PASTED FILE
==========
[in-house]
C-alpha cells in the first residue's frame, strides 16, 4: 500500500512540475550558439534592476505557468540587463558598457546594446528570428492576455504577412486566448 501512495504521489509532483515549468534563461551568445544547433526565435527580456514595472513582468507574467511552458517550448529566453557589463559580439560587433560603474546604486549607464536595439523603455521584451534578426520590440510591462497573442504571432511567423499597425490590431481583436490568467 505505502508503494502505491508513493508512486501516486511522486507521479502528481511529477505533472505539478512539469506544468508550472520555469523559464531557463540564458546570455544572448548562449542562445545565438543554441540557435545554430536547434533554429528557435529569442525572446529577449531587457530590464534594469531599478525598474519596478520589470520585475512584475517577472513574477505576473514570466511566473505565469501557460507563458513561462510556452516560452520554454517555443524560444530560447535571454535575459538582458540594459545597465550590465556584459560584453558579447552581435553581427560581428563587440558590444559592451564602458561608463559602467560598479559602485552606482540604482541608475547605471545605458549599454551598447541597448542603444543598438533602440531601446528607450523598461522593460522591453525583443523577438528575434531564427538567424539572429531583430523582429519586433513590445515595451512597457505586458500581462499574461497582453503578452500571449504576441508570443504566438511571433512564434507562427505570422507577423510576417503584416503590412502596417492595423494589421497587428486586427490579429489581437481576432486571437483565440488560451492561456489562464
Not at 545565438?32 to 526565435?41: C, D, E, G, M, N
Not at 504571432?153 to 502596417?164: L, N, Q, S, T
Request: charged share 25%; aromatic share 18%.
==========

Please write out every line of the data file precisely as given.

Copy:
[in-house]
C-alpha cells in the first residue's frame, strides 16, 4: 500500500512540475550558439534592476505557468540587463558598457546594446528570428492576455504577412486566448 501512495504521489509532483515549468534563461551568445544547433526565435527580456514595472513582468507574467511552458517550448529566453557589463559580439560587433560603474546604486549607464536595439523603455521584451534578426520590440510591462497573442504571432511567423499597425490590431481583436490568467 505505502508503494502505491508513493508512486501516486511522486507521479502528481511529477505533472505539478512539469506544468508550472520555469523559464531557463540564458546570455544572448548562449542562445545565438543554441540557435545554430536547434533554429528557435529569442525572446529577449531587457530590464534594469531599478525598474519596478520589470520585475512584475517577472513574477505576473514570466511566473505565469501557460507563458513561462510556452516560452520554454517555443524560444530560447535571454535575459538582458540594459545597465550590465556584459560584453558579447552581435553581427560581428563587440558590444559592451564602458561608463559602467560598479559602485552606482540604482541608475547605471545605458549599454551598447541597448542603444543598438533602440531601446528607450523598461522593460522591453525583443523577438528575434531564427538567424539572429531583430523582429519586433513590445515595451512597457505586458500581462499574461497582453503578452500571449504576441508570443504566438511571433512564434507562427505570422507577423510576417503584416503590412502596417492595423494589421497587428486586427490579429489581437481576432486571437483565440488560451492561456489562464
Not at 545565438?32 to 526565435?41: C, D, E, G, M, N
Not at 504571432?153 to 502596417?164: L, N, Q, S, T
Request: charged share 25%; aromatic share 18%.